The Netherlands will close five of its prisons over the next few years because the cost of maintaining them is too high. The reason why the prisons aren’t cost-efficient, however, is something of a national blessing: thanks to the country’s steadily declining crime rate, thousands of prison cells are going unused.
The news was first reported by the Telegraaf (link in Dutch), which obtained government documents disclosing the plan to close five jails. The documents also showed 1,900 prison employees would lose their jobs.
The reason for the closings is two-fold, reports Dutch News: according to Ard van der Steur, the Dutch minister of security and justice, judges are granting shorter sentences, meaning criminals spend less time in jail. But there has also been a decline in more serious crimes. In recent years, the Netherland’s crime rate has declined about 0.9% on average every year, according to Dutch News.
The Netherlands has been facing this good-to-have problem for years now: the country closed eight jails because of the falling prison population in 2009, and shut down another 19 in 2014. And other countries started paying attention: in 2015, Norway transferred more than 1,000 of their inmates to a jail in the Netherlands because it was seeing the opposite trend—there was not enough room for all its criminals in its jails.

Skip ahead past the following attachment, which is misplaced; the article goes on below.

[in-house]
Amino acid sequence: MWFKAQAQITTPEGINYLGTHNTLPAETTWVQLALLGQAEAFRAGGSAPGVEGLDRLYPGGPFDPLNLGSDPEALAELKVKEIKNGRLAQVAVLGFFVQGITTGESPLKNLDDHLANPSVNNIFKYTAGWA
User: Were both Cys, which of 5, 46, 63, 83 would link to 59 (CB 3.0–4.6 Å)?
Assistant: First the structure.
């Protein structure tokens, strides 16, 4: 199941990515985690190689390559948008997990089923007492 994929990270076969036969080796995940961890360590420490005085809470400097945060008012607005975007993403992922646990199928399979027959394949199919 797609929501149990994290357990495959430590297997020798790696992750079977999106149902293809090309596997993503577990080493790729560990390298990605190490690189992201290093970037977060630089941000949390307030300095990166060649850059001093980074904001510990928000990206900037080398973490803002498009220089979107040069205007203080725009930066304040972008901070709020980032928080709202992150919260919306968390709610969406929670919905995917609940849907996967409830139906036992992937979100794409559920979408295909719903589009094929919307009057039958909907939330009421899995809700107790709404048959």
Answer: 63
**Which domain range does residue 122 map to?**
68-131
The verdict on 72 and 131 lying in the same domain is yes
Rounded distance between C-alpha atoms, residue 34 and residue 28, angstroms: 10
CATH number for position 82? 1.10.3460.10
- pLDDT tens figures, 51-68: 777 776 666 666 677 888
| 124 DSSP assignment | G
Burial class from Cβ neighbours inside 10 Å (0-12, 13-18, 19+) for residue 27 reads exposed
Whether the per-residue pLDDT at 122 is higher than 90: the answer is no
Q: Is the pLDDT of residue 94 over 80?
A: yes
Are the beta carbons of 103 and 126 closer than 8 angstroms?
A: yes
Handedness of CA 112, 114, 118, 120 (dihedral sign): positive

The Netherlands isn’t the first country to close jails because it doesn’t have enough criminals. Sweden’s prison numbers fell by about 1% per year from 2004 to 2011. Then between 2011 and 2012, they declined by 6%. In 2013, the country announced it would close four prisons and one other correctional facility due to the unusual trend. One explanation for the decrease in prison numbers, according to the Guardian, was the Swedish supreme court’s 2011 decision to give less harsh sentences for drug offenses, which could have led to inmates spending less time behind bars before going back into society.